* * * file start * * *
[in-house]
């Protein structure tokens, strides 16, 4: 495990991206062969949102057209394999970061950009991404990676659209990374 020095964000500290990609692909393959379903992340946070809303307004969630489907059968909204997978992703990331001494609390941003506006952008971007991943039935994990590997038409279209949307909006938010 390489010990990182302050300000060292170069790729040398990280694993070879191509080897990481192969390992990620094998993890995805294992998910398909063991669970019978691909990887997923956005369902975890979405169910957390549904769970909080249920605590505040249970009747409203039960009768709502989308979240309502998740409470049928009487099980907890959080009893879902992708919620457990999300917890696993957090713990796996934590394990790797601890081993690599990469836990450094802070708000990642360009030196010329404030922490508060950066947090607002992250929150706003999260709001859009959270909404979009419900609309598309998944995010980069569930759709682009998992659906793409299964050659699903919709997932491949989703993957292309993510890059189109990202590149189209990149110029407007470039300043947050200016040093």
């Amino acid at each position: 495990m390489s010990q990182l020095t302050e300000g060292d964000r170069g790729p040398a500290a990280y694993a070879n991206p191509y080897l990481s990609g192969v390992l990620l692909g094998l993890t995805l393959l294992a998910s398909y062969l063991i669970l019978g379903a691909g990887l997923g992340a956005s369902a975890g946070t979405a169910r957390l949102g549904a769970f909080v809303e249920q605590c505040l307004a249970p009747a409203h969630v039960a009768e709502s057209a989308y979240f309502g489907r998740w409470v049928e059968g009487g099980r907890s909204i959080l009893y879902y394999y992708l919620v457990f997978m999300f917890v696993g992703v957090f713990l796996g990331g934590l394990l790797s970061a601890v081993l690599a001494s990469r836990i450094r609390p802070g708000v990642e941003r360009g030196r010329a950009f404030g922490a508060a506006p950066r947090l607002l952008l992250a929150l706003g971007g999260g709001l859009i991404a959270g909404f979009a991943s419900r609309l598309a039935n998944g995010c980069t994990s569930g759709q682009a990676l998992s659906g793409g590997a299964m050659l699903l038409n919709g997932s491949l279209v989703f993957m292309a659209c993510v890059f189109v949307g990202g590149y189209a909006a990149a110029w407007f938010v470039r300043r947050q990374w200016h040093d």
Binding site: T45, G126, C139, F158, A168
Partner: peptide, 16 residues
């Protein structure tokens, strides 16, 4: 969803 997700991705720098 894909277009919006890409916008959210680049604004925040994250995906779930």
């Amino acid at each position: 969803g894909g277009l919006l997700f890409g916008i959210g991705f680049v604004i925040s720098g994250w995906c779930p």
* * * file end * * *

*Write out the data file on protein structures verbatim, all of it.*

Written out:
[in-house]
């Protein structure tokens, strides 16, 4: 495990991206062969949102057209394999970061950009991404990676659209990374 020095964000500290990609692909393959379903992340946070809303307004969630489907059968909204997978992703990331001494609390941003506006952008971007991943039935994990590997038409279209949307909006938010 390489010990990182302050300000060292170069790729040398990280694993070879191509080897990481192969390992990620094998993890995805294992998910398909063991669970019978691909990887997923956005369902975890979405169910957390549904769970909080249920605590505040249970009747409203039960009768709502989308979240309502998740409470049928009487099980907890959080009893879902992708919620457990999300917890696993957090713990796996934590394990790797601890081993690599990469836990450094802070708000990642360009030196010329404030922490508060950066947090607002992250929150706003999260709001859009959270909404979009419900609309598309998944995010980069569930759709682009998992659906793409299964050659699903919709997932491949989703993957292309993510890059189109990202590149189209990149110029407007470039300043947050200016040093």
């Amino acid at each position: 495990m390489s010990q990182l020095t302050e300000g060292d964000r170069g790729p040398a500290a990280y694993a070879n991206p191509y080897l990481s990609g192969v390992l990620l692909g094998l993890t995805l393959l294992a998910s398909y062969l063991i669970l019978g379903a691909g990887l997923g992340a956005s369902a975890g946070t979405a169910r957390l949102g549904a769970f909080v809303e249920q605590c505040l307004a249970p009747a409203h969630v039960a009768e709502s057209a989308y979240f309502g489907r998740w409470v049928e059968g009487g099980r907890s909204i959080l009893y879902y394999y992708l919620v457990f997978m999300f917890v696993g992703v957090f713990l796996g990331g934590l394990l790797s970061a601890v081993l690599a001494s990469r836990i450094r609390p802070g708000v990642e941003r360009g030196r010329a950009f404030g922490a508060a506006p950066r947090l607002l952008l992250a929150l706003g971007g999260g709001l859009i991404a959270g909404f979009a991943s419900r609309l598309a039935n998944g995010c980069t994990s569930g759709q682009a990676l998992s659906g793409g590997a299964m050659l699903l038409n919709g997932s491949l279209v989703f993957m292309a659209c993510v890059f189109v949307g990202g590149y189209a909006a990149a110029w407007f938010v470039r300043r947050q990374w200016h040093d």
Binding site: T45, G126, C139, F158, A168
Partner: peptide, 16 residues
């Protein structure tokens, strides 16, 4: 969803 997700991705720098 894909277009919006890409916008959210680049604004925040994250995906779930």
């Amino acid at each position: 969803g894909g277009l919006l997700f890409g916008i959210g991705f680049v604004i925040s720098g994250w995906c779930p």